Keeping Your Divorce Agreement


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I’ve been forced by the circumstances of several friends to rethink my position on the subject of using external authority to bring about the fair and equitable enforcement of a post-marriage agreement involving the visitation rights of a non-custodial parent with his or her children. I’m including these thoughts in a new version of our book, “Working Through The Crisis”. I wanted to share them here as well. Sometimes this blog will be more practical in nature, this is one of those times…
A family break-up is often preceded by a period of fighting, name-calling, rivalry and conflict… I truly don’t believe that divorce is ever God’s best answer to marital conflict; but once the decision to divorce is irrevocably made by either one of you; I believe the two of you should begin the process of ending the conflict between you. I truly believe that is the mature thing to do…

In saying that; I don’t mean you should simply allow your estranged spouse to take advantage of your grief, to allow him or her to dictate terms of settlement to you, or to allow anyone to intimidate you in any way. Your level of confidence in the God you serve is bigger than all of that. But your children will re-establish their sense of security and hope for the future, based mostly upon your actions in the present. Continuing to simply fight with your former spouse indefinitely after your separation and divorce might cause your children to begin to lose respect and hope; so you will need to handle your grief and bitterness wisely; and you will need to communicate with your children in love, grace and confidence, over this entire situation…

I believe you truly can maintain a level of confidence, as you “Take the high road” and find a way to bring the war between you and your children’s co-parent under control; and you really should try to maintain peace with your former spouse if that is at all possible; because:
“He who troubles his own house will inherit the wind”. Proverbs 11:29. But this is a battle, so we need to add… “In the fear of the Lord is strong confidence; and His children will have a place of refuge. Proverbs 14:26

Creating an agreement you can live with.
We’ve said it’s usually better to take the high road with your former spouse; rather than to become locked in a long-term season of “Mortal Combat” with him or her over legal issues which can often be resolved by applying a little bit of simple grace to the situation. We would never advise anyone to fight too long and hard over items of personal property. And we also would advise, in most cases; that you become settled with the reality that; most divorces involving children will usually end in an agreement which will include shared custody rights; shared visitation privileges; and a fair sum of child support to be paid to the custodial parent…

We know that “Fair” is a very subjective term; but we also know; you can mortgage your entire future in a court battle to vilify your former spouse and try to gain “Full custody” of your children; only to eventually be forced to compromise that privilege as your children become more mobile and independent; and they desire to have a relationship with his or her other parent. We want to apply grace when we can in crafting our divorce agreement, but this agreement will become a legally binding and enforceable document which will govern your rights and conduct over a very long period of time in your ongoing relationship with your children and your former spouse… We know some former spouses remain friends and work together to raise their children over the long term; and that is very admirable, indeed… But, for most of you, if you truly could have done that, you probably would have stayed together.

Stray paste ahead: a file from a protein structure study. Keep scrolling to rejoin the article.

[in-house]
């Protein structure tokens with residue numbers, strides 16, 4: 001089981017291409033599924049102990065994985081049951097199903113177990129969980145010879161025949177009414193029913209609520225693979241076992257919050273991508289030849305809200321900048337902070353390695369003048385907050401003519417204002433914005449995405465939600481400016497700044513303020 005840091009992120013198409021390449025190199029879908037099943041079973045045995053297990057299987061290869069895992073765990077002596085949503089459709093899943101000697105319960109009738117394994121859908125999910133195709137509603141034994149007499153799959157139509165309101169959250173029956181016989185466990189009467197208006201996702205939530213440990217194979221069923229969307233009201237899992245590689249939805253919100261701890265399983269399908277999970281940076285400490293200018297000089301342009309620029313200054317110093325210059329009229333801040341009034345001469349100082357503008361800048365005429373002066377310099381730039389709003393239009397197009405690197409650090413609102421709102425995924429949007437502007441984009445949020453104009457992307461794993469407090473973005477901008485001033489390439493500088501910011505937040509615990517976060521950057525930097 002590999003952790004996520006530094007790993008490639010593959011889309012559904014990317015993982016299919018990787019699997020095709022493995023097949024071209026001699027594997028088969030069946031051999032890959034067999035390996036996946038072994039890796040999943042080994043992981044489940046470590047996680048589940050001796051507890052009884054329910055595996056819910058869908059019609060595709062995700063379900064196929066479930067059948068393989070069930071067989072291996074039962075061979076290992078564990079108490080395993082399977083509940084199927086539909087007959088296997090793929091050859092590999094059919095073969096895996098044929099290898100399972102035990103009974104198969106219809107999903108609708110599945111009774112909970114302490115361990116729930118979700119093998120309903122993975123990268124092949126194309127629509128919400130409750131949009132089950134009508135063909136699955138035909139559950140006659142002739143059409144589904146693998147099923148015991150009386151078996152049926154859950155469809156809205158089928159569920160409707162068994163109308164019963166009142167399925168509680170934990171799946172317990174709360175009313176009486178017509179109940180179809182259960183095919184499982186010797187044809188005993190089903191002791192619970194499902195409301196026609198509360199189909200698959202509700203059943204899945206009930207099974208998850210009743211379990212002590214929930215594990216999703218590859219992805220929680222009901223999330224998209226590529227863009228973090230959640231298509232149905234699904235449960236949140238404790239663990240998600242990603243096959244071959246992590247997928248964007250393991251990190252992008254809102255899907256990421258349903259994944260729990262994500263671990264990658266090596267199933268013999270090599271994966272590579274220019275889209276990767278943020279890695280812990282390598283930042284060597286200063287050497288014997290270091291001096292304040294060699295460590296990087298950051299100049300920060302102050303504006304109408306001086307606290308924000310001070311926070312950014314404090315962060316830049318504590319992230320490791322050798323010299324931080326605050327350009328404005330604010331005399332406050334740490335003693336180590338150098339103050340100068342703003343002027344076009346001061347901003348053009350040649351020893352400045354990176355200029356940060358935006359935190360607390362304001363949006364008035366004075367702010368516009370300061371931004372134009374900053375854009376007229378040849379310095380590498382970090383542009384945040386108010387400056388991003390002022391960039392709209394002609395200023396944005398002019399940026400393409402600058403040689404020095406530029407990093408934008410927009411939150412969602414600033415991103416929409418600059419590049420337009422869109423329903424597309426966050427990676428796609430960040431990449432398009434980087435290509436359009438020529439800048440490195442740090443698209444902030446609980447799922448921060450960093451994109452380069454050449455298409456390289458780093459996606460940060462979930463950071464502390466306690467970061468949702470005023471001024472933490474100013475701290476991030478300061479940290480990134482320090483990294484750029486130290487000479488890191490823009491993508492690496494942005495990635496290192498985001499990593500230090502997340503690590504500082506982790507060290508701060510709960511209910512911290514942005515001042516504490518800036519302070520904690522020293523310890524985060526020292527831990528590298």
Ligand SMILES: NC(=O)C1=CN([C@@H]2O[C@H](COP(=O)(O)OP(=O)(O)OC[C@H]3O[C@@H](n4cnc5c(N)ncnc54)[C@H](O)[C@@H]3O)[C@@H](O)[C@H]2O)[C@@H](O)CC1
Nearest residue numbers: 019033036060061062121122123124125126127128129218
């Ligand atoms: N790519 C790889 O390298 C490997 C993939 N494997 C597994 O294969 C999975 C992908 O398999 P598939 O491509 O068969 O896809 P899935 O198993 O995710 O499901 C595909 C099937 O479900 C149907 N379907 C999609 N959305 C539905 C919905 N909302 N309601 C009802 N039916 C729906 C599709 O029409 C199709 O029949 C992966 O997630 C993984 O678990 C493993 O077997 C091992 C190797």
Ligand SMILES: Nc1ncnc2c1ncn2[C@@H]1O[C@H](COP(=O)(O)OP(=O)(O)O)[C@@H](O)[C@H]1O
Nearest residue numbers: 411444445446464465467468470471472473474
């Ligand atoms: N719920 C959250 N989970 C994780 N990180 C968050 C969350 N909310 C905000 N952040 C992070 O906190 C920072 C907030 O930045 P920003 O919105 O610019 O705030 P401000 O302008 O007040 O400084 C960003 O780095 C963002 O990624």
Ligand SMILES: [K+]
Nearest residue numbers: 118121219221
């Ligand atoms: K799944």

Not a truce; but a cease-fire agreement.
Most divorces will turn one household into two separate and divided entities; and like two countries which have been at war; the unresolved conflict and mistrust between these entities; often seems to lie right below the surface. While these entities must find a way to share a common border; we often find one entity continuing to take shots across the shared border; many years after a divorce is final. So the divorce decree you’ve created will, in many cases; become the cease-fire agreement between two separately-governed and sometimes combative households…

Although a couple might be determined to get along at the beginning of a separation; that amiability might change, as one or both individuals might take on a new spouse; or spiritually change his or her gracious outlook. That’s why a divorce agreement should spell out the ongoing days and times of visitation and the alternation of holidays, etc; into the future. And, much like a country might seek the help of an outside peacekeeping force to help it enforce the rules of a cease-fire agreement; you might, at some time, need to enlist the help of the police; to fairly enforce the visitation rules of your agreement.

Now, you wouldn’t use authority just to create a conflict; but if you have children; you were called by God to be a parent, and I don’t believe it is at all “Non-Christian” to use worldly authority if necessary to bring about fairness, in the face of true disrespect of your rights under a binding agreement… We must remember, when Paul was being brutalized in Acts 22: 25-29; he said, “You can’t do this, I’m a Roman citizen”… You have rights as a citizen as well. Now we know these thoughts won’t apply to everyone, and some of you simply will not agree; but, as always, we welcome your thoughts and comments…

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